Speaking to the NYT, Patrick Callan, president of the National Center for Public Policy and Higher Education, said:
“Given the financial hardship of the country, it’s simply astonishing that colleges and universities would have this kind of increases. It tells you that higher education is still a seller’s market. The level of debt we’re asking people to undertake is unsustainable.
“A lot of people think we can solve the problem with more financial aid, but I think we have to have some cost containment. For all the talk about reinventing higher education, I don’t see any results.”
Counting room and board, the College Board says the average total cost of attendance at a public four-year college is now $15,213.
That’s still a deal when compared to the private schools where the average cost is $35,636 for tuition, room and board.
The College Board notes that the sting is not so bad as only a third of students pay the sticker price due to financial aid. However, the report also notes that a lot of that money is now given as merit aid; two-thirds of the grant money at public colleges is merit aid, which doesn’t consider family income. (Georgia’s HOPE Scholarship is one such merit program.)
“It is particularly disturbing that public colleges are using such a large share of their financial aid resources for so-called merit aid in these tough times,” Lauren Asher, president of the Institute for College Access and Success, told the NYT.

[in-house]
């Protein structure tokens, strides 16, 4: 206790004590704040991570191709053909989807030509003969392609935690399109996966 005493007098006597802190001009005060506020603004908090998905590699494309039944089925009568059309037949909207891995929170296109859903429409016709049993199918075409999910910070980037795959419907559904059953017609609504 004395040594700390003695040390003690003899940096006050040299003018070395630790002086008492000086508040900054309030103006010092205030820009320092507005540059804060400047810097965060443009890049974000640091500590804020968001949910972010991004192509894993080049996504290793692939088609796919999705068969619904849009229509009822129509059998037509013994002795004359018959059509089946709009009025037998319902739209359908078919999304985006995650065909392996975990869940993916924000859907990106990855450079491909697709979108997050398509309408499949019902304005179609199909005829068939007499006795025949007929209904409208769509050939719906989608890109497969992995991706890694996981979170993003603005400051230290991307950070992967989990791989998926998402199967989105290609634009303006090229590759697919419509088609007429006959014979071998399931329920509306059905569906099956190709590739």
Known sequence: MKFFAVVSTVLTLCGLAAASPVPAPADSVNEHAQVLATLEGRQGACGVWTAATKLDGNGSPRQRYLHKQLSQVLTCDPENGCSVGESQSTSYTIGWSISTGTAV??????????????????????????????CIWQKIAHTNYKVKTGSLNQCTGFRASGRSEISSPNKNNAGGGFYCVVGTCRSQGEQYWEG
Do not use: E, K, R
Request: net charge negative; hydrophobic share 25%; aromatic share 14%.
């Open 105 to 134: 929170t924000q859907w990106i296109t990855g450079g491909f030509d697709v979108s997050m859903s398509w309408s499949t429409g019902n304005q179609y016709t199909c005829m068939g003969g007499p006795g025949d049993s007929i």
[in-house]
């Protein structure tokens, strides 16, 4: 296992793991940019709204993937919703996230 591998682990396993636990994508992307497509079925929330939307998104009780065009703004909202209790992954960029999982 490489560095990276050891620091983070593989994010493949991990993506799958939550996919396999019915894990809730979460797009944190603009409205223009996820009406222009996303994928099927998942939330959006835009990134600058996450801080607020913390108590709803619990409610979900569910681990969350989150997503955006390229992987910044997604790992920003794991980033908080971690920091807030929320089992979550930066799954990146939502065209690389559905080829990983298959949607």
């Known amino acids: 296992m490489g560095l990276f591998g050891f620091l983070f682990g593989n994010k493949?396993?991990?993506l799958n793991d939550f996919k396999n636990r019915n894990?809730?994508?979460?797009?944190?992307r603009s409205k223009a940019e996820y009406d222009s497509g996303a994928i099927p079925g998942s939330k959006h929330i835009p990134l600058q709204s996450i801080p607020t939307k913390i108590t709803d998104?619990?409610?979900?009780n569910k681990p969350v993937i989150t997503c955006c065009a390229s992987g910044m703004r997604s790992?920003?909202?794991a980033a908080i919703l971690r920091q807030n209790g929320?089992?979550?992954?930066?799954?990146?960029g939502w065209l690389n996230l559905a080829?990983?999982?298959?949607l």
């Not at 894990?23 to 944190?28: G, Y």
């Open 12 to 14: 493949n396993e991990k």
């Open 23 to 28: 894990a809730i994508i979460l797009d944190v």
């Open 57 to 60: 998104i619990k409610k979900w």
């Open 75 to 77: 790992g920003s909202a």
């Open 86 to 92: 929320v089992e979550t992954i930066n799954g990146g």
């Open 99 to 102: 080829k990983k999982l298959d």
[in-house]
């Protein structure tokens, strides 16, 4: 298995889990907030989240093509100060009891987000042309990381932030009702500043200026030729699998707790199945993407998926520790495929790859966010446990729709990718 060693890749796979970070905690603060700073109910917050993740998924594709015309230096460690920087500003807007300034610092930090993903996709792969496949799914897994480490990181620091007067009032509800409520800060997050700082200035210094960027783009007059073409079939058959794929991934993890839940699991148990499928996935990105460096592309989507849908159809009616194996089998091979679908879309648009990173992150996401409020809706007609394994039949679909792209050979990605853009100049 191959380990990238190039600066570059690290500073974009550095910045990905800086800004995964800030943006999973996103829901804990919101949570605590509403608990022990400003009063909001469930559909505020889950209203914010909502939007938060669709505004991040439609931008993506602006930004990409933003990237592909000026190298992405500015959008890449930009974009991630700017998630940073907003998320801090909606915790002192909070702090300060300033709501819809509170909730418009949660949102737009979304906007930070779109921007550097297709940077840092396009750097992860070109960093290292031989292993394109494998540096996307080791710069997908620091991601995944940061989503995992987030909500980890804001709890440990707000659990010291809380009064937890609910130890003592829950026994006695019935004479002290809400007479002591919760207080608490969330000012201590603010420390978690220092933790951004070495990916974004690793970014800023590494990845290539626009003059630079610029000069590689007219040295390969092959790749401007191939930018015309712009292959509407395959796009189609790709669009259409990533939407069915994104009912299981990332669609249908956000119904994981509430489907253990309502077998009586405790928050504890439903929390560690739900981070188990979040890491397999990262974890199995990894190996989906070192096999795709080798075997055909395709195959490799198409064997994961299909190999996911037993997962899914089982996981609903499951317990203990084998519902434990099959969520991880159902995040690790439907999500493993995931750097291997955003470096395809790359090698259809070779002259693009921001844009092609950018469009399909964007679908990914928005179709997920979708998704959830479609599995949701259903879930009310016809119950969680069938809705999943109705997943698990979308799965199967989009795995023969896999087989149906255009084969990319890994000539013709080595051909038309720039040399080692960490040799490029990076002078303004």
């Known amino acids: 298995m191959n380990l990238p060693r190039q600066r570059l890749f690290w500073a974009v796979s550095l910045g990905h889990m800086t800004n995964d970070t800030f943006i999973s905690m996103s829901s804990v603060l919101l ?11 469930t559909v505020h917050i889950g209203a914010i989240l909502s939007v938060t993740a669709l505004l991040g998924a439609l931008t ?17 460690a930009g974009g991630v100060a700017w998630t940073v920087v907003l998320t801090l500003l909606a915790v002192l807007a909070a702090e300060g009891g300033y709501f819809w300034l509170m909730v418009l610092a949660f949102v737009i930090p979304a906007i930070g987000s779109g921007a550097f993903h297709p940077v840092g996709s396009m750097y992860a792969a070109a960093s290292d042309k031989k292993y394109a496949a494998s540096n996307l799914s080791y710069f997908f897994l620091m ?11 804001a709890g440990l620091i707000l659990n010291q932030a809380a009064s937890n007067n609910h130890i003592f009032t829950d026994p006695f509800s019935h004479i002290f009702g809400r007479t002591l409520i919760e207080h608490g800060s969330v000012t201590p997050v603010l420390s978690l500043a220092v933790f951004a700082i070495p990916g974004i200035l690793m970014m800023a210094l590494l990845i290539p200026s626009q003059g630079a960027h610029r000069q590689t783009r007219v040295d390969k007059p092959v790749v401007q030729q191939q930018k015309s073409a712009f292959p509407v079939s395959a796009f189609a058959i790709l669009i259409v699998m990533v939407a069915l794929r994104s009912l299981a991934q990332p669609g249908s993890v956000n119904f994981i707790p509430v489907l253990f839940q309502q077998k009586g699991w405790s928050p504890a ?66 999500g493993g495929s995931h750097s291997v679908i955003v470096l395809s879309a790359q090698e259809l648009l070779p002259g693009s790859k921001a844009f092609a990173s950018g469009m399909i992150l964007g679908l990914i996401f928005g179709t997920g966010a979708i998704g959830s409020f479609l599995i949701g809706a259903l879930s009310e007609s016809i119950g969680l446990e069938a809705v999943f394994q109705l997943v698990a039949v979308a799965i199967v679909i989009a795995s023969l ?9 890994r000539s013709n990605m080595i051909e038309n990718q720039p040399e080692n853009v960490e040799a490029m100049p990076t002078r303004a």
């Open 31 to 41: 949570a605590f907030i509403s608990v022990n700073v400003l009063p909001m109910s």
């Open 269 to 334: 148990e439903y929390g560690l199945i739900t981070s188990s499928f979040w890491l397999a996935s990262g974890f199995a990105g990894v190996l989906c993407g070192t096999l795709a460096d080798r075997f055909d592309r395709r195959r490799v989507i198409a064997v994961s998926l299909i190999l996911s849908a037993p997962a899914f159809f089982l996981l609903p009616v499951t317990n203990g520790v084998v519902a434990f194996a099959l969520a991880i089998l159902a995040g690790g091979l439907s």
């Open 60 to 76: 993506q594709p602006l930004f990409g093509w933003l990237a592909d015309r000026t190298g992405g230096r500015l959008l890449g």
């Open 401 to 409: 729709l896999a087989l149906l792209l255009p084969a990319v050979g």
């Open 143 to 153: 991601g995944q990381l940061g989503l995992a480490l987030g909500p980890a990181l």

As tuition has climbed, so has borrowing by students and their families. A report last year by the National Center for Public Policy and Higher Education found that tuition and fees increased 439 percent from 1982 to 2007 while median family income rose 147 percent. The report said paying for a four-year public college took up about one-quarter of the median family income. A private university swallowed up about three-quarters of the median family income.
Public colleges can and do make the argument that they have had no choice but to raise tuition as state legislatures slashed their funding. However, I still think that spending could be cut in some areas, including the salaries for the top people.
I remember meeting with a roomful of college presidents who said their salaries and those of their cabinet-level staff simply reflected the standard in the profession. “You can’t good people for less,” they said.
I don’t know. Try offering $150,000 rather than $250,000 and see if the caliber of candidate is that much lower.